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My Interview with Michael Shermer

On Sunday, February 18, 2018, I did a podcast interview with Michael B. Shermer, a well known author on issues related to science and religion (the one I most recently read: The Science of Good and Evil), based on my new book: The Triumph of Christianity: How a Forbidden Religion Swept the World. The interview is part of the Science Salon series, number eighteen. Dialogues are hosted by Michael Shermer and presented by The Skeptics Society, in California.

Dr. Michael B. Shermer holds a graduate degree in experimental psychology. He is a historian of science, founder of The Skeptics Society, and editor-in-chief of its magazine Skeptic, which is largely devoted to investigating pseudoscientific and supernatural claims. Shermer engages in debates on topics pertaining to pseudoscience and religion in which he emphasizes scientific skepticism

Among other things in this interview we discuss the modern atheism movement, religion and politics, the intractable problem of evil, the early understandings of Jesus (how could he be both man and God?), the beliefs of ancient pagans about the gods and the afterlife, the message early Christians proclaimed to pagans in order to convert them, and lots of other topics.

To see more about the book, go to http://www.bartdehrman.com/the-triumph-of-christianity/

Audiobook excerpt link: https://soundcloud.com/simonschuster/the-triumph-of-christianity

Learn more about Science Salon: https://www.skeptic.com/lectures/science-salon/

Dr. Michael B. Shermer holds a graduate degree in experimental psychology at the California State University, Fullerton. He is an American science writer, historian of science, founder of The Skeptics Society, and editor-in-chief of its magazine Skeptic, which is largely devoted to investigating pseudoscientific and supernatural claims. Shermer engages in debates on topics pertaining to pseudoscience and religion in which he emphasizes scientific skepticism.

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A Welcome Review of The Triumph of Christianity

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Comments

  1. Avatar
    Healy53  February 26, 2018

    My Amazon review:

    The greatest story ever told about the greatest story ever told

    Ehrman submits a believable tale about the spread of Christianity which, itself, is based on a quite unbelievable origin story. Sadly, after reading a book that I’ll suggest to anyone (theist or otherwise) who’ll listen, I’m left feeling that we Homo sapiens are indeed a foolish species willing to merely follow our elders when adopting a faith system that easily wiped out most of its predecessor systems by converting religion to a zero-sum game which could be “won” with Christianity’s exclusive nature along with Homo sapiens hereditary disposition to believe amazing stories told to us with passion and unsupported certainty along with simple math and the time necessary for Christians to outnumber followers of other belief systems. Add to that the power of the state, whether it be that of the Roman Empire of Constantine’s era or the modern-day American government which both supported and support Christianity with greater zeal than its competing belief systems yet remain legally “secular”, and the Western world remains a witness to the triumph of Christianity.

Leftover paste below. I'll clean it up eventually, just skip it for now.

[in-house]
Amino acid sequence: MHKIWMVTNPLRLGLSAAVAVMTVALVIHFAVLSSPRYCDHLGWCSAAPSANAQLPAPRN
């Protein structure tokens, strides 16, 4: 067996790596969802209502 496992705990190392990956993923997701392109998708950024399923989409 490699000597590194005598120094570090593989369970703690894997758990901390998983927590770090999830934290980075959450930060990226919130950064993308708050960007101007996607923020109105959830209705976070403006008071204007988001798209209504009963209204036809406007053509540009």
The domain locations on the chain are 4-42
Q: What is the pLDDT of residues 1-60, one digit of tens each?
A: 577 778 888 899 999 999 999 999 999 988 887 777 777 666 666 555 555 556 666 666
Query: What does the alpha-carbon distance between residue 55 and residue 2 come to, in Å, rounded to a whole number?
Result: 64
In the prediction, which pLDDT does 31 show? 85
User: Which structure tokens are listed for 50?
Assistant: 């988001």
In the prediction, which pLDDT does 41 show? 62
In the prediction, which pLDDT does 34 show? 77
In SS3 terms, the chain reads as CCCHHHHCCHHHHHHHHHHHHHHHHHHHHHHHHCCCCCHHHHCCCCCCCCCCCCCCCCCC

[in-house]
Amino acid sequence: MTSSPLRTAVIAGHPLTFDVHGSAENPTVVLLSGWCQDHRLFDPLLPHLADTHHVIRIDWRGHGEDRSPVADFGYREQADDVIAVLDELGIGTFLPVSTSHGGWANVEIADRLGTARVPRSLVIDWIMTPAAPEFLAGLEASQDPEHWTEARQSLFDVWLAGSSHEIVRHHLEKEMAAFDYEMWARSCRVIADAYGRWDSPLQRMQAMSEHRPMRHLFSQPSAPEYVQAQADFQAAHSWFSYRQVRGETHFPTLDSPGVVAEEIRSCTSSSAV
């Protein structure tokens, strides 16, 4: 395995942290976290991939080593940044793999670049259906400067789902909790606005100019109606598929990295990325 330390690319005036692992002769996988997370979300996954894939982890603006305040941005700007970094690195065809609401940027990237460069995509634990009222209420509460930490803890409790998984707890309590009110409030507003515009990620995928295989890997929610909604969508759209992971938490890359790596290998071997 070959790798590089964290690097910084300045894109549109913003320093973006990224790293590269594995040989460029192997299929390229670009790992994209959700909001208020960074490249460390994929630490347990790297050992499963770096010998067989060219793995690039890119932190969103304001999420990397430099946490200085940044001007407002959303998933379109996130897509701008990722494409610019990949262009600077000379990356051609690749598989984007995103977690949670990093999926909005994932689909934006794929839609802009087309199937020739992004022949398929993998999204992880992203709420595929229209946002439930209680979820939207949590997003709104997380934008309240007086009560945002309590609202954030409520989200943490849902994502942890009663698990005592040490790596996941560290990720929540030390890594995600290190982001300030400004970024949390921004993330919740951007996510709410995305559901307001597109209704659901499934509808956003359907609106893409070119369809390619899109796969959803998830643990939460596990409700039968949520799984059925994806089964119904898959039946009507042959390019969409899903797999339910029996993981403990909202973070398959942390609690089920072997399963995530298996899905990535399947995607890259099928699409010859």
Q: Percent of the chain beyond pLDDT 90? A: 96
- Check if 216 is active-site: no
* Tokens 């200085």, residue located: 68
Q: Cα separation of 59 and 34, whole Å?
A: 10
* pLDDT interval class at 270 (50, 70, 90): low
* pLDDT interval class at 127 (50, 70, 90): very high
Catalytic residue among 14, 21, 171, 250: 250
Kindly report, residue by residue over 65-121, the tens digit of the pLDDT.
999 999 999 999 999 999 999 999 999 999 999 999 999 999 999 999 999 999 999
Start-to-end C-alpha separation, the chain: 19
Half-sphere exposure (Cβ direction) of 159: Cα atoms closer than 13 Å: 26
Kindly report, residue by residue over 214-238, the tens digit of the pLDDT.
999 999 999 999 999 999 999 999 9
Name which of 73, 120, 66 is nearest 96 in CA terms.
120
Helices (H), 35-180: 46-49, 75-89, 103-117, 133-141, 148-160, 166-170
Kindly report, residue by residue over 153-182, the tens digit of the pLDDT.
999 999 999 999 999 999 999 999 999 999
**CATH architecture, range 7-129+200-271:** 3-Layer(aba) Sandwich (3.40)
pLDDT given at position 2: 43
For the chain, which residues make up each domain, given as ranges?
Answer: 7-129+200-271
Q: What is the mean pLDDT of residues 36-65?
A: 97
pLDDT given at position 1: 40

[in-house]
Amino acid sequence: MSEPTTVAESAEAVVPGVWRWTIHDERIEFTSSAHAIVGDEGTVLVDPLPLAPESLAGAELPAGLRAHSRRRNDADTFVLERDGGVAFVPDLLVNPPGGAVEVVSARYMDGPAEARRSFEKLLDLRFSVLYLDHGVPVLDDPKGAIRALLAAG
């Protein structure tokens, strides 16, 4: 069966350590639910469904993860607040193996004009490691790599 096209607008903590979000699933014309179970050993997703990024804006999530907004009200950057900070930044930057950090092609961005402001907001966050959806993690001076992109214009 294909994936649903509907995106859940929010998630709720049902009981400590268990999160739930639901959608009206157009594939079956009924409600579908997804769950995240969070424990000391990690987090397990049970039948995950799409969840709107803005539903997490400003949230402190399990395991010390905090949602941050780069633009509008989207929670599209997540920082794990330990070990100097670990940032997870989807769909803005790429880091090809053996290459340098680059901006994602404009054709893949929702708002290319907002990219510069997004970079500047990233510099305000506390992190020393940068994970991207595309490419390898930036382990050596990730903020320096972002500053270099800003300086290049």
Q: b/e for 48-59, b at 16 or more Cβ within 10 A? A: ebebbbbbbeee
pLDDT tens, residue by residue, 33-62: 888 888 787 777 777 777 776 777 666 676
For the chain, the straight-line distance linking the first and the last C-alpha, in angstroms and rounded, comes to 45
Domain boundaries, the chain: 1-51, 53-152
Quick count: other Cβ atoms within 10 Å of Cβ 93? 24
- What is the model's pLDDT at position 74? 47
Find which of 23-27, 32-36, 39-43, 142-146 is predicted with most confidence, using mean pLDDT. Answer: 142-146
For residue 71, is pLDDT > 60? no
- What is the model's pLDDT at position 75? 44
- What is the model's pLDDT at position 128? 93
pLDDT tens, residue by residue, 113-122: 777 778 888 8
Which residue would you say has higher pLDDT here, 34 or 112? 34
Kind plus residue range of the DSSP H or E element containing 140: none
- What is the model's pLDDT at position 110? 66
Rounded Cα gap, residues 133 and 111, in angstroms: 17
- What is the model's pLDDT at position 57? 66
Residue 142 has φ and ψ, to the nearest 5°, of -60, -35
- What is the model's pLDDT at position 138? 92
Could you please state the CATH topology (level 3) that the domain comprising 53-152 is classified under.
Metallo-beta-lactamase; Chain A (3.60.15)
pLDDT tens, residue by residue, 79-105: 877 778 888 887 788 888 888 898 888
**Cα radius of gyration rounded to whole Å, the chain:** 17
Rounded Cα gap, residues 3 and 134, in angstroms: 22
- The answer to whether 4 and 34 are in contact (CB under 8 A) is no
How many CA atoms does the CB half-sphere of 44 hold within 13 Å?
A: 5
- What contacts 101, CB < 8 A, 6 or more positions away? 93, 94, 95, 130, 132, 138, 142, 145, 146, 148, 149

Ehrman’s telling of this tale includes conveyance of Christianity’s initial non-violent doctrine of conversion (“truth cannot be joined with force, nor justice with cruelty”) as well as its desire for freedom of religion. Although religious violence wouldn’t exist for centuries and is not within the scope of Ehrman’s telling, both doctrines would eventually be overturned as Christianity in a recently reunified Roman Empire shifted from upstart religion during Constantine’s reign (306-337 CE) to becoming the politically safe and legal state religion by Theodosius (379-395 CE) after Julian’s brief return to paganism (361-363 CE) and a string of successor Roman Emperors preferring religious conformity in the form of Christianity as a distinct political strategy. Although the author does not draw the analogy, a comparison can be considered between the roots of the triumph of Christianity and Christian intolerance after its Roman and American births.

  2. Avatar
    mannix  February 26, 2018

    If I were living in the mid first century I think the most appealing aspect of Christianity would be the afterlife teaching. The “…last shall be first, etc…” would ensure that social injustice and wrongs committed against one would somehow be righted provides solace to anyone who suffers now in this world. I suppose Jesus’ “Beatitudes” put forth this hope. More basically, Christianity offers an antidote to the *fear of death*, which I believe even the most stolid of humans are challenged by at least a few times in our lives.

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